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Jani: Rebellion Can “Never Fight Straight” With Toyota

Non-hybrids not allowed to beat Toyota on single lap, focusing on own pace…

Photo: Olivier Beroud Images

Rebellion Racing won’t be able to fight on track with Toyota despite being the fastest non-hybrid LMP1 team, according to Neel Jani.

The Swiss driver says the team’s aim is to be “the best of the rest”, and that its only hope to beat Toyota is if the Japanese manufacturer hits problems.

He says he would have no chance of matching the Toyota’s one-lap pace because of a rule that penalizes non-hybrid teams that are quicker than the hybrid Toyotas.

“We’re not allowed to be quicker than the Toyota,” Jani told Sportscar365. “Otherwise, we get a drive-through. It’s in the rules.

“As soon as we are too quick, we get a drive-through. We know we can never fight them straight on the track, so our aim can only be the fastest non-hybrid.”

Equivalence of Technology rules for Le Mans stipulate that the Toyotas will have a 0.5-second per lap advantage in pace over the non-hybrids, as well as going one additional lap on fuel per stint and having quicker refueling times.

When added up for the full race distance, the Toyotas could have upwards of an eight-minute leg up, in the case of a trouble-free 24 hours for the pair of hybrid contenders.

It’s thus made non-hybrid teams like Rebellion re-adjust their expectations heading into this weekend’s French endurance classic.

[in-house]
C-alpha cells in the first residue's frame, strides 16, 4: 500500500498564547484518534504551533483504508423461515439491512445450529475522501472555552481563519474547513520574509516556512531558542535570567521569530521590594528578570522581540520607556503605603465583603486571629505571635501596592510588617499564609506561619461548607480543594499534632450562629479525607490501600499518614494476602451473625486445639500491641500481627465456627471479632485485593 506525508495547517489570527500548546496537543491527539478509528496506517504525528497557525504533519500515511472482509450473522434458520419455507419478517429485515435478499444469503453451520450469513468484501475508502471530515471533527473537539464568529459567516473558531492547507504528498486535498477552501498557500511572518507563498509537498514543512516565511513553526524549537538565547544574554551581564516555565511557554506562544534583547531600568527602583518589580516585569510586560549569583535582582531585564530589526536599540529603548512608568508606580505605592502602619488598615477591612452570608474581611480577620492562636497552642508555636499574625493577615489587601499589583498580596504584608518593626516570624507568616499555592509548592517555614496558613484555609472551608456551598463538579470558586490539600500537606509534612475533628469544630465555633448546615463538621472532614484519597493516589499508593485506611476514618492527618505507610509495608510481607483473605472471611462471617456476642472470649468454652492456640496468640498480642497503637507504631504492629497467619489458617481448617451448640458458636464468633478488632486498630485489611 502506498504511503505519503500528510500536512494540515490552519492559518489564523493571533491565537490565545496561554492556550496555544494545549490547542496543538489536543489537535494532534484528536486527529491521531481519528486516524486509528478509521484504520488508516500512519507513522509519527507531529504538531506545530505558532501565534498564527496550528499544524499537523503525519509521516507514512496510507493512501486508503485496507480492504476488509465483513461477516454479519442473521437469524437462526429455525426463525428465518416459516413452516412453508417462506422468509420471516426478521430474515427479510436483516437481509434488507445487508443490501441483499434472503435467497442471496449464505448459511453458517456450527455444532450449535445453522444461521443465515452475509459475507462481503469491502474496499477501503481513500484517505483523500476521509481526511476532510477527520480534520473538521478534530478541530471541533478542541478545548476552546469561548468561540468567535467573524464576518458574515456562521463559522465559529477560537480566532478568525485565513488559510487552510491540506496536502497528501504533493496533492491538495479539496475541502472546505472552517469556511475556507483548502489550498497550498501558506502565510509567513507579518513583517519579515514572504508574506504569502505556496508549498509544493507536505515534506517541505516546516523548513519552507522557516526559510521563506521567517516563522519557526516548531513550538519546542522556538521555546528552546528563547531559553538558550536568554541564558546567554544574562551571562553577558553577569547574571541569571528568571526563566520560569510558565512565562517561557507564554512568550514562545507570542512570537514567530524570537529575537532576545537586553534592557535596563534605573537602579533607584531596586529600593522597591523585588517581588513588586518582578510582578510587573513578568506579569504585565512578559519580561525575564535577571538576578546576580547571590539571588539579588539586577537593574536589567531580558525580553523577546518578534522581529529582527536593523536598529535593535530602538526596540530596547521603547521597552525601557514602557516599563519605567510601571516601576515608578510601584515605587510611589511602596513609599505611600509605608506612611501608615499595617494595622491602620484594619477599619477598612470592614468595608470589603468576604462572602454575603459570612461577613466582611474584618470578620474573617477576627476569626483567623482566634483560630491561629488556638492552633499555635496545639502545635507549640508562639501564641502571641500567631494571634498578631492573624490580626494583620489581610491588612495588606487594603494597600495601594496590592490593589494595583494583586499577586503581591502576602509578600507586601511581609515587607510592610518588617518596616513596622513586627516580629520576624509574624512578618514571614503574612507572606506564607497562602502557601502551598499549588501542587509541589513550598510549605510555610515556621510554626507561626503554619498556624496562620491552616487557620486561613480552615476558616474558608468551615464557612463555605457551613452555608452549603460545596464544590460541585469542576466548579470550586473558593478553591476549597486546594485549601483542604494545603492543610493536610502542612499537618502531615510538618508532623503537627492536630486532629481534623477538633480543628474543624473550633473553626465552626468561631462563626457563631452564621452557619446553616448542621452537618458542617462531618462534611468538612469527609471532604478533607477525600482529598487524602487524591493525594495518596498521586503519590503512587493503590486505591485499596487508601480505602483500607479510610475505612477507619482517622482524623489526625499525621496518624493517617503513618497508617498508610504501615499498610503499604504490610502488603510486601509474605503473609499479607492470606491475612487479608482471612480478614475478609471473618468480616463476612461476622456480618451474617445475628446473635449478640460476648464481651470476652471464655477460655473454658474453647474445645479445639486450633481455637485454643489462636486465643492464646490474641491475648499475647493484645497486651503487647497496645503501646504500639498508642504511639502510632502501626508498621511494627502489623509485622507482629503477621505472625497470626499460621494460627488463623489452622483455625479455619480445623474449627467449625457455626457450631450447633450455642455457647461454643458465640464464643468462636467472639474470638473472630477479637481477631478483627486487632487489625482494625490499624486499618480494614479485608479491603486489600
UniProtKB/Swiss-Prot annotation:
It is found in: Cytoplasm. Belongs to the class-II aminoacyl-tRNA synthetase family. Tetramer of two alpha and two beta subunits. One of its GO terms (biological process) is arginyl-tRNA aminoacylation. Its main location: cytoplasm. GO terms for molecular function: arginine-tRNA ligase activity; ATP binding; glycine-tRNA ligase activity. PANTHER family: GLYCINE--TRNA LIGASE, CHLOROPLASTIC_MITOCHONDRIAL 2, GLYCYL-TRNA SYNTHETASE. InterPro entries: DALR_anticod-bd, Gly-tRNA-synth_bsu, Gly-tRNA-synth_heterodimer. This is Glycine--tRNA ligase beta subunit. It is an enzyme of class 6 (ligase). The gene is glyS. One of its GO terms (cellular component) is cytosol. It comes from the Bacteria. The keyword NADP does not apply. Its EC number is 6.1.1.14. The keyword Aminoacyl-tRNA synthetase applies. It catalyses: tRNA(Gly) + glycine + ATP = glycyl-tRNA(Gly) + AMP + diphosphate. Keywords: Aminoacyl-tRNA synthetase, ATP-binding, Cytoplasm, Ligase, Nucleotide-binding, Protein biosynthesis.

“Even if we had the pace, we wouldn’t be able to play it,” Jani said. “Anyway, we don’t have the pace to beat them in a straight fight.

“It’s logic, it’s a manufacturer. We cannot have that pace. We’ll focus on ourselves and see what we can do.”

Jani has first-hand experience of the different approaches to Le Mans shown by manufacturer and privateer LMP1 teams, having come from the now-defunct Porsche LMP1 program along with Andre Lotterer.

“It’s a much smaller operation,” Lotterer told Sportscar365.

“Audi had over 300 people spending more than €200 million a year so you could have what you wanted in terms of technical requests. Here, it’s a small project but it’s a very strong one.”

Both drivers have stressed that Rebellion is focusing on itself and is much more concerned with remaining the quickest non-hybrid team than chasing the Toyotas.

“Focusing on Toyota will not help us,” Jani added.

“Under normal circumstances, we cannot beat them, but Le Mans has shown its own rules many times.

“That’s why our focus is to concentrate on ourselves and maximize our chances.”

Jake Kilshaw is a UK-based journalist who is Sportscar365's European Editor and also Managing Editor for e-racing365. He is a student of Politics and International Relations. Contact Jake



  1. Dave

    June 11, 2018 at 10:04 am

    Is this really true? Should they actually be faster they get a drive-thru?! That’s F’’ed up.

    • Pay Driver

      June 11, 2018 at 10:38 am

      Correct. Toyota are not allowed to lose unless they choke big-time again.

    • TF110

      June 11, 2018 at 12:05 pm